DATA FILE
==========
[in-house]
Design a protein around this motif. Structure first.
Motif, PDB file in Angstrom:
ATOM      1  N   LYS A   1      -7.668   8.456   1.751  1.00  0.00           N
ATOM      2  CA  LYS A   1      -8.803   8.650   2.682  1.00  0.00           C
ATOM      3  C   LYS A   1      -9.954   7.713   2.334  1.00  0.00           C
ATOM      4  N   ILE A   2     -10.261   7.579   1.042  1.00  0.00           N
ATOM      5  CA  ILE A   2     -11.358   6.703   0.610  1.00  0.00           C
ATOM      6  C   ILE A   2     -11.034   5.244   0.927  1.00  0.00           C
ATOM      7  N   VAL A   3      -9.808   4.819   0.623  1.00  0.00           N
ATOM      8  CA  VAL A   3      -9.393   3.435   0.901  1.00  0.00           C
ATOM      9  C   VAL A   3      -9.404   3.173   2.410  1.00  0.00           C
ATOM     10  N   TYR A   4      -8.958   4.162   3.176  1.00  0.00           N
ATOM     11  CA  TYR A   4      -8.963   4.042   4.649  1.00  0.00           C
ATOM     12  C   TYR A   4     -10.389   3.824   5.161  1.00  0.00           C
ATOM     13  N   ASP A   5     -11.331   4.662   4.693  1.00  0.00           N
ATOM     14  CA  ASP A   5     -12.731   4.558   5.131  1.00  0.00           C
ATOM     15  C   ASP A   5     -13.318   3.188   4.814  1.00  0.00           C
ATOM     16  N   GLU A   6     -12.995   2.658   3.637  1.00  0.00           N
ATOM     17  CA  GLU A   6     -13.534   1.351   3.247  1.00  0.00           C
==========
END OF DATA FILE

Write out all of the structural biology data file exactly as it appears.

[in-house]
Design a protein around this motif. Structure first.
Motif, PDB file in Angstrom:
ATOM      1  N   LYS A   1      -7.668   8.456   1.751  1.00  0.00           N
ATOM      2  CA  LYS A   1      -8.803   8.650   2.682  1.00  0.00           C
ATOM      3  C   LYS A   1      -9.954   7.713   2.334  1.00  0.00           C
ATOM      4  N   ILE A   2     -10.261   7.579   1.042  1.00  0.00           N
ATOM      5  CA  ILE A   2     -11.358   6.703   0.610  1.00  0.00           C
ATOM      6  C   ILE A   2     -11.034   5.244   0.927  1.00  0.00           C
ATOM      7  N   VAL A   3      -9.808   4.819   0.623  1.00  0.00           N
ATOM      8  CA  VAL A   3      -9.393   3.435   0.901  1.00  0.00           C
ATOM      9  C   VAL A   3      -9.404   3.173   2.410  1.00  0.00           C
ATOM     10  N   TYR A   4      -8.958   4.162   3.176  1.00  0.00           N
ATOM     11  CA  TYR A   4      -8.963   4.042   4.649  1.00  0.00           C
ATOM     12  C   TYR A   4     -10.389   3.824   5.161  1.00  0.00           C
ATOM     13  N   ASP A   5     -11.331   4.662   4.693  1.00  0.00           N
ATOM     14  CA  ASP A   5     -12.731   4.558   5.131  1.00  0.00           C
ATOM     15  C   ASP A   5     -13.318   3.188   4.814  1.00  0.00           C
ATOM     16  N   GLU A   6     -12.995   2.658   3.637  1.00  0.00           N
ATOM     17  CA  GLU A   6     -13.534   1.351   3.247  1.00  0.00           C